The biggest problem with Libguides.
Most libguides are a waste of a time. They do little more than replicate what can be found on Google and in the library catalogue, yet subject and liaison librarians spend an extraordinary amount of time creating these dull discursive beasts. Year after year we continue to tinker with them in the hope that this will be the year that others realise they are not such hideous creatures after all.
Libguides in and of themselves aren’t bad.
They are useful tools for filtering the abundance of information about a particular topic. Libguides are also useful for conveniently locating relevant information in one place and for organising information so students can skip to the bits that interest them most.
But for students wanting instant satisfaction, as so many do, Google, Google Scholar and every other search-like algorithm does all these useful things so much better than any libguide could ever hope to do.
Most libguides don’t even go so far as to rank or include simple summaries for the links they provide making it even more difficult for a student to decide what is important or relevant.
Libguides also tend to be subject-based rather than course-based and as a result it is unlikely that valuable resources relating to a Project Management course will be highlighted in the Business libguide.
Have you also noticed how many libguides are organised by format with tabs for books, journals, websites etc?
How likely is it that a student will click on every single tab to see if it contains information relevant to their assignment?
As librarians we know that Google (and every other search-like algorithm) doesn’t do the whole job; that a good librarian can find what Google can’t. So why don’t our libguides take advantage of this?
Why do our libguides fail to flaunt the expertise of the librarian?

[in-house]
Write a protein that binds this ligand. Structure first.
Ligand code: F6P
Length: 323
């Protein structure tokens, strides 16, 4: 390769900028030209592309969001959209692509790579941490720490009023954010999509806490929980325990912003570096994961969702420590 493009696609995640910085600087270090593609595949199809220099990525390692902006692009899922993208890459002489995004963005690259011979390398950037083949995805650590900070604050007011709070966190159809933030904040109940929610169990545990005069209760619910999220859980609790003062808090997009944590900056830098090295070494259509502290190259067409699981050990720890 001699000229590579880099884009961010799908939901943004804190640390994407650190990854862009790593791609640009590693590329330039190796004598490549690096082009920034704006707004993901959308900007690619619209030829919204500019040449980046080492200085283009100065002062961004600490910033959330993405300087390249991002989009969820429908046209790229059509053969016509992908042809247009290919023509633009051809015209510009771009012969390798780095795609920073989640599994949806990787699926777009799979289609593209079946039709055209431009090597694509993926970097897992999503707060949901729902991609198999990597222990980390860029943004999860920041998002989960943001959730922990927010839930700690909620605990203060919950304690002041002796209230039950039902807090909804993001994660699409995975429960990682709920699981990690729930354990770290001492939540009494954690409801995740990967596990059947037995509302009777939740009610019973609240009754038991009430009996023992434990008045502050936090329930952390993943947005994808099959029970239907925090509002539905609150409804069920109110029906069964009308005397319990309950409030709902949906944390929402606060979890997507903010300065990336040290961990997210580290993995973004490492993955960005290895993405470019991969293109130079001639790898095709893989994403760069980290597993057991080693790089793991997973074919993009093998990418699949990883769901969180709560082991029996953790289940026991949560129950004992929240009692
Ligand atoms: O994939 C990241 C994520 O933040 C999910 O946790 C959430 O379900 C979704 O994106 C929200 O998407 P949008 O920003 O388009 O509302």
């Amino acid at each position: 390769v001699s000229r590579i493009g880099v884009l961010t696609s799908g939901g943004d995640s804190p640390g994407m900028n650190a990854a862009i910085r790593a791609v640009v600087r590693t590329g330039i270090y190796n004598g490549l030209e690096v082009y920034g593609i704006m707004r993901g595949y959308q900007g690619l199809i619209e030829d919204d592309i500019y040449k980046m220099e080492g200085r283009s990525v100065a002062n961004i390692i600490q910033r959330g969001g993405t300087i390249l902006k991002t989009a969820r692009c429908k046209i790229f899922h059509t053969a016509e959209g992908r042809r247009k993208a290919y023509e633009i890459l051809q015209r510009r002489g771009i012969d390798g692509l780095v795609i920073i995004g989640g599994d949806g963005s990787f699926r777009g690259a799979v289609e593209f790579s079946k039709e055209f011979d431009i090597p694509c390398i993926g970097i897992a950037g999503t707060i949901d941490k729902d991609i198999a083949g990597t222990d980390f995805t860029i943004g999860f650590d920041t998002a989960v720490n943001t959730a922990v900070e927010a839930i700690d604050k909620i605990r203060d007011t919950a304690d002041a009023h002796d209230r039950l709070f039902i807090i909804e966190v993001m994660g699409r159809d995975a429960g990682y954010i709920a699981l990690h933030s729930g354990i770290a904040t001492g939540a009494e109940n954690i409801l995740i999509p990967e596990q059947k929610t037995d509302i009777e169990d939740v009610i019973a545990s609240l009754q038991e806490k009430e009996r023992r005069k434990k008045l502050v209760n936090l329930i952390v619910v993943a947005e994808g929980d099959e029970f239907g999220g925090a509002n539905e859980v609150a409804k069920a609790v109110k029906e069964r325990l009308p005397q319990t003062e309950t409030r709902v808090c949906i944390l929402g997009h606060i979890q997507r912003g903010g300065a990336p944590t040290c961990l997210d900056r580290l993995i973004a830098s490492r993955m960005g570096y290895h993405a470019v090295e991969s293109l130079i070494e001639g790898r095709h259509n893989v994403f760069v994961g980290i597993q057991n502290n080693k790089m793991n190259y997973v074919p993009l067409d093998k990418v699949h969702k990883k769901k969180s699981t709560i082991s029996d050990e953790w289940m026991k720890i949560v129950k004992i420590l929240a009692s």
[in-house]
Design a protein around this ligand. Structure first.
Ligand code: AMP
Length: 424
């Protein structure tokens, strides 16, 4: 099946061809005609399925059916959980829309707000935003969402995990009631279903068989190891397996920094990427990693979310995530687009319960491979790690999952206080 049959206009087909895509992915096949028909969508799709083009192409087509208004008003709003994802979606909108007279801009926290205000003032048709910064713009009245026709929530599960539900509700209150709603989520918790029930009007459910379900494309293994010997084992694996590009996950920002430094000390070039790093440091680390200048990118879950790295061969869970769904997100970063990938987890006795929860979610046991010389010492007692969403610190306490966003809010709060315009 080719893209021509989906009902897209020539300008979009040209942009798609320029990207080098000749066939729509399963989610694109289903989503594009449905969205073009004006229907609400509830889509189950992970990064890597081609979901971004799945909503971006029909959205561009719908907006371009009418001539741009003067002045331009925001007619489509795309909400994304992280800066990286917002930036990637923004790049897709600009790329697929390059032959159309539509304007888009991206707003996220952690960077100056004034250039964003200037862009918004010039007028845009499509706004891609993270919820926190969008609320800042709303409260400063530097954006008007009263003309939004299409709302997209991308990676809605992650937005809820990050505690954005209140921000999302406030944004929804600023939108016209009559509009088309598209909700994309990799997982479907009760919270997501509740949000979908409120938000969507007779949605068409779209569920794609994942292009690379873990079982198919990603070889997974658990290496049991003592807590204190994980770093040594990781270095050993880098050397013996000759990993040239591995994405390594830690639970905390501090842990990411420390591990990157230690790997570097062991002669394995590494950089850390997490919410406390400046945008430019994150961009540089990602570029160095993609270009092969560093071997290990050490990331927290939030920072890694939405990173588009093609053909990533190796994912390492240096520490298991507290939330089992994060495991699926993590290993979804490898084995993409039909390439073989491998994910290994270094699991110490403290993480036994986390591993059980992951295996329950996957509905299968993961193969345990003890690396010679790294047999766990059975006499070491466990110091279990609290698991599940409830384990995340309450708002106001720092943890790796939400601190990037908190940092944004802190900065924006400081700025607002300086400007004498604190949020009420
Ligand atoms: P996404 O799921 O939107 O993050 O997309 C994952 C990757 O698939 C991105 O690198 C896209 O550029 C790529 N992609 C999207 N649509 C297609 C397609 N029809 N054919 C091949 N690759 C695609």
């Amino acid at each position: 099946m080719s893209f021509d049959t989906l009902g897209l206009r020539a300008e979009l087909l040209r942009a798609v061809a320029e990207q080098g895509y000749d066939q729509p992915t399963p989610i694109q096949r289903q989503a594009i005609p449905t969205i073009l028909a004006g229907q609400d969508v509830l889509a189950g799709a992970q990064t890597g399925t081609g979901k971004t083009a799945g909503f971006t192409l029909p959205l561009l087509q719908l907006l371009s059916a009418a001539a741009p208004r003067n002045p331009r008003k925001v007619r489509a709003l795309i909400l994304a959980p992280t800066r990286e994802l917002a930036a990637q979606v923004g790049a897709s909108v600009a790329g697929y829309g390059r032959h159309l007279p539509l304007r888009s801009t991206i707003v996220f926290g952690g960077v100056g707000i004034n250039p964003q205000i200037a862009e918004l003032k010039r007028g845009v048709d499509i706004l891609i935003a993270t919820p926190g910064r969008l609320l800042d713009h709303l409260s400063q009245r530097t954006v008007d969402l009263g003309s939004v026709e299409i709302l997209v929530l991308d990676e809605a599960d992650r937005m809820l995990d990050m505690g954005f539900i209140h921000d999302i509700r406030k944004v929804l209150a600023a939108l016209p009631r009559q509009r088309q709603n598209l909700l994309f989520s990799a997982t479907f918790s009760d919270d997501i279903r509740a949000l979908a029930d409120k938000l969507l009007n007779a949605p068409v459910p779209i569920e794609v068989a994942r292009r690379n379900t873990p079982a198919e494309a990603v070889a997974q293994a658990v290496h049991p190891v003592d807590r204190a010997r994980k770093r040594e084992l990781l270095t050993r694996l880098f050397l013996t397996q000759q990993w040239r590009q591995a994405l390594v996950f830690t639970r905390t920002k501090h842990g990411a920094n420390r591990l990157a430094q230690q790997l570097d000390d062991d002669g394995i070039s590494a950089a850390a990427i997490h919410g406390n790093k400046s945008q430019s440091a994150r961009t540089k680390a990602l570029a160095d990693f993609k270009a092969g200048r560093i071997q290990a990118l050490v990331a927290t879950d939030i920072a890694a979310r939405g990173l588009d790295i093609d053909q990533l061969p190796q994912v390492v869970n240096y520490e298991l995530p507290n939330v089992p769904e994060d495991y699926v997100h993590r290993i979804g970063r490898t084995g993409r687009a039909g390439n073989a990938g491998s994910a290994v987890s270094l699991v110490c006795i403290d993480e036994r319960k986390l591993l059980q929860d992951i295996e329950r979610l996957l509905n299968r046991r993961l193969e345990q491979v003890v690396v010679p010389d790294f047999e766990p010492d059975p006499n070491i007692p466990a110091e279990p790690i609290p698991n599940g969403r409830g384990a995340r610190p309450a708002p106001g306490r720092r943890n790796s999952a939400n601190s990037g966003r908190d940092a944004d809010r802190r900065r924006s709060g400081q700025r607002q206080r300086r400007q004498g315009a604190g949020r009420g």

One reason (and I know you’ve heard it before so I won’t labour the point) is because as librarians we are crap at promoting ourselves. Another reason is that we’ve gotten ourselves into a habit that even though we know a libguide is ineffectual, the alternative of either not creating libguides or re-imagining them so they provide better value for students is just too hard to contemplate.
A third reason is that some of us are reluctant to publish our recommendations or suggestions let alone our preferences or opinions. Instead we prefer to allow students to make their own decisions from the plethora of choices we provide just in case our opinion of a book, journal, database or website comes back to bite us on the bum.
Unfortunately, students are no longer satisfied with text links and obliquely recommended results. Finding, filtering and organising information is no longer enough to attract attention or add value.
Students are interested in what we think, why we made the choices we did and reducing the abundance of information even further with smaller selections of carefully chosen offerings. They’re interested in someone they trust putting information into context and telling them what they should go for.
Libguides not only need to find, filter and organise but they also need to recommend; to show our expertise as subject librarians.
Libguides should express a human element. A human take that says ‘Hey here’s why I think this is interesting; you should check it out for yourself’. We need to balance what we already do with our expertise, knowledge and interest of the subject.
Our challenge is to use libguides to create the right blend of resources that will be the most relevant, useful and valuable for students. If we are going to persist with libguides, let’s at least create libguides that put the student first, not the resources.